ANDRILL SMS Mooring 2006 > Background

ANDRILL SMS Mooring 2006

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To see photos of the ANDRILL mooring deployment, click here.
Satellite
Peter Webb, Richard Limeburner and David Harwood
Satellite
Figure 1- Location of the 2006 SMS ANDRILL Mooring labelled ADCP1 above.
Satellite
Figure 2- The 2006 SMS ANDRILL Mooring site. Mt Erebus is in the background .
Satellite
Figure 3- Schematic of the 2006 SMS ANDRILL Mooring.
Overview - Background
ANDRILL SMS Mooring Measurements 2006


Brief Outline
A current meter mooring was deployed on October 25, 2006 through the frozen surface ice of the Ross Sea in support of the ANtarctic geologic DRILLing (ANDRILL) project by David Harwood (University of Nebraska), Richard Limeburner (Woods Hole Oceanographic Institution) and Peter Webb (Ohio State University). The mooring is located at the SMS site 77 45.157 S and 165 29.372 E, approximately 18 miles west northwest of McMurdo Station, Antarctica. The SMS mooring site is normally covered with seasonal sea ice, but at present the region has been permanently frozen for the past 10 years (Figure 1). The mooring was recovered on December 5, 2006. The edited data is presented here and a full analysis will be done in 2007.

Scientific Background
The NSF funded ANDRILL (ANtarctic geological DRILLing) is a multinational collaboration comprised of more than 200 scientists, students, and educators from five nations (Germany, Italy, New Zealand, the United Kingdom and the United States) to recover stratigraphic records from the Antarctic margin using Cape Roberts Project (CRP) technology. The chief objective is to drill back in time to recover a history of paleoenvironmental changes that will guide our understanding of how fast, how large, and how frequent were glacial and interglacial changes in the Antarctica region. Future scenarios of global warming require guidance and constraint from past history that will reveal potential timing frequency and site of future changes. The purpose of the ANDRILL moored measurements is to characterize the ocean currents t the SMS site from the near surface (under the 7-m surface ice) to the ocean bottom at a depth of approximately 520-m. These moored observations will be critical to the design and installation of an ANDRILL drilling platform planned for 2007.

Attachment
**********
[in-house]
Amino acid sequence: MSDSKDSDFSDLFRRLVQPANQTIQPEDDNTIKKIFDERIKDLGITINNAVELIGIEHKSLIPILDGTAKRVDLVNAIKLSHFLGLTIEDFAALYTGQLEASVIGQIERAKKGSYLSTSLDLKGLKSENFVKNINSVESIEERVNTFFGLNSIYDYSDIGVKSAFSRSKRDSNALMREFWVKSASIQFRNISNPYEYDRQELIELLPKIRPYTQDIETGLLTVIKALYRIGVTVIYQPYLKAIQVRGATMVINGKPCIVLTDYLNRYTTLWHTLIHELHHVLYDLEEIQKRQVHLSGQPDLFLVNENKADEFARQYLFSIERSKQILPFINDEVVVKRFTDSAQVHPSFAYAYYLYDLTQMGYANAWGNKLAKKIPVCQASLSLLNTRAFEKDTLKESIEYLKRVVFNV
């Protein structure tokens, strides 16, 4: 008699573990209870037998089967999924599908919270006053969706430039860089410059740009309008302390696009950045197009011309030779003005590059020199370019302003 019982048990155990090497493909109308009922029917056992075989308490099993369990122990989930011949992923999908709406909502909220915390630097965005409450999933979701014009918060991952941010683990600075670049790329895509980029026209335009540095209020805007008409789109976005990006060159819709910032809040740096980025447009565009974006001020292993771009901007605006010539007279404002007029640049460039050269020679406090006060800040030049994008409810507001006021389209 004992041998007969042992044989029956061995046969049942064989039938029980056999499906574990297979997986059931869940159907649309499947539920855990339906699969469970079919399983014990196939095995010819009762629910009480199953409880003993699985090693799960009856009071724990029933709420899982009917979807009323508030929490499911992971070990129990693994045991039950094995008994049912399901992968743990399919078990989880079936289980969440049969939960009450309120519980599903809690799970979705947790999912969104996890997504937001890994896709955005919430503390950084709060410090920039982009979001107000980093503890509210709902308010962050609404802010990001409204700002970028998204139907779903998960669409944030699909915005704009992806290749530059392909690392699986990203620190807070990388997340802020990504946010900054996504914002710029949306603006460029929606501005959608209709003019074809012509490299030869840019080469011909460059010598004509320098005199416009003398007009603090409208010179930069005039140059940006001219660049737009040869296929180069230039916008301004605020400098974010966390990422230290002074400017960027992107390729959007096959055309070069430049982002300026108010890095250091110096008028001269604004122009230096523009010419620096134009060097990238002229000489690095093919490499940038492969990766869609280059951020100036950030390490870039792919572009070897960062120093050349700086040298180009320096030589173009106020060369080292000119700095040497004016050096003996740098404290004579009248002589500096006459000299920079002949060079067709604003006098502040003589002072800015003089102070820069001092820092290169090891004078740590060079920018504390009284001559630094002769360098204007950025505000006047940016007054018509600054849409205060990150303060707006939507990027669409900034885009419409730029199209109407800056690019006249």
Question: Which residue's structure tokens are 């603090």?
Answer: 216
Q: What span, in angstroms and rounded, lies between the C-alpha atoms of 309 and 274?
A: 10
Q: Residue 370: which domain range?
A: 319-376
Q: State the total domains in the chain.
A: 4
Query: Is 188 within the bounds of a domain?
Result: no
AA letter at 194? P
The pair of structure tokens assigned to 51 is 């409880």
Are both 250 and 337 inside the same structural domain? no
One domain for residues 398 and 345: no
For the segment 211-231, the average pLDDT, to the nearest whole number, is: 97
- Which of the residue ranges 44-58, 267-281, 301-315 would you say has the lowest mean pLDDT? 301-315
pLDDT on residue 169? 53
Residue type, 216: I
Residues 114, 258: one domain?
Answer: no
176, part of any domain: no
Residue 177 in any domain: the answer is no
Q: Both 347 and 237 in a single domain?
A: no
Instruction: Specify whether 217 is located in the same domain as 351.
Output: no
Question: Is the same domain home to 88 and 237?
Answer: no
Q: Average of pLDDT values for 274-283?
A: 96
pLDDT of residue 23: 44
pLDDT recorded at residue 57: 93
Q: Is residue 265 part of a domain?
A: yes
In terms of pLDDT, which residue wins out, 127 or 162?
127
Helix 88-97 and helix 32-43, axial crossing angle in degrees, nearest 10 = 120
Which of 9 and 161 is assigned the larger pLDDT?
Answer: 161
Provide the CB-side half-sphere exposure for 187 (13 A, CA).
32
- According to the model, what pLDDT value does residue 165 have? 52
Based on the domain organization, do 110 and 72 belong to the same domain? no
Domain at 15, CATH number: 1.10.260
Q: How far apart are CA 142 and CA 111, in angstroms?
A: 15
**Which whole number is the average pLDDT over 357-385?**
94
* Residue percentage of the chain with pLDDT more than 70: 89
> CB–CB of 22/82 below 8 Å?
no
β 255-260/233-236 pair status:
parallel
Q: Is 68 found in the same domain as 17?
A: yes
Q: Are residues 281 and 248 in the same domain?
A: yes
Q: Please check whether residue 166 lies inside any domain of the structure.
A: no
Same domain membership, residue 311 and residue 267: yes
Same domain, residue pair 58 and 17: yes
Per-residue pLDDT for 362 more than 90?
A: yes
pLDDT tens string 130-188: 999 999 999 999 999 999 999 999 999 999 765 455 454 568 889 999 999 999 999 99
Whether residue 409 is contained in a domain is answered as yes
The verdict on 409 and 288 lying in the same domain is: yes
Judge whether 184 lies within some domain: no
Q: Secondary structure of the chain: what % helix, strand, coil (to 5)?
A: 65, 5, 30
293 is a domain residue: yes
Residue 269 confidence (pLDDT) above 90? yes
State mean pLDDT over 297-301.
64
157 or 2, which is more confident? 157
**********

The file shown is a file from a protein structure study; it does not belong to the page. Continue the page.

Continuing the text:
Approach
We departed McMurdo Station at 0500 GMT on Saturday October 21, 2006 with the mooring equipment, ice melting equipment, and food and camping supplies loaded on a "Piston Bully" track vehicle towing a medium size container-like box on skis and a Skidoo (Figure 2). Air temperatures on the Ross Sea ice were generally in the range of -40 to -15 C during October and winds over 25 m/s were common. We arrived at the mooring site after a 4 hour transit in whiteout conditions. The next morning we set up a wooden gantry with blocks and cleats to facilitate the deployment. We then began melting a 24' diameter hole centered on the gantry in the sea ice. The hole melting process was slow and was done by placing a copper coil heated with glycol on the ice . The coil was attached with 2 pressure hoses to a pump and boiler. Equipment failures were frequent due to the cold harsh operating conditions. Finally, on October 25 the melt hole reached the underlying seawater at a depth of 7-m. We then began deploying the mooring as shown in the schematic in Figure 3.

Mooring Recovery
The mooring was recovered on December 5, 2006.

To read the full proposal (PDF format), click here.

This project is funded by the National Science Foundation.

Website Updated May 15, 2007. R. Limeburner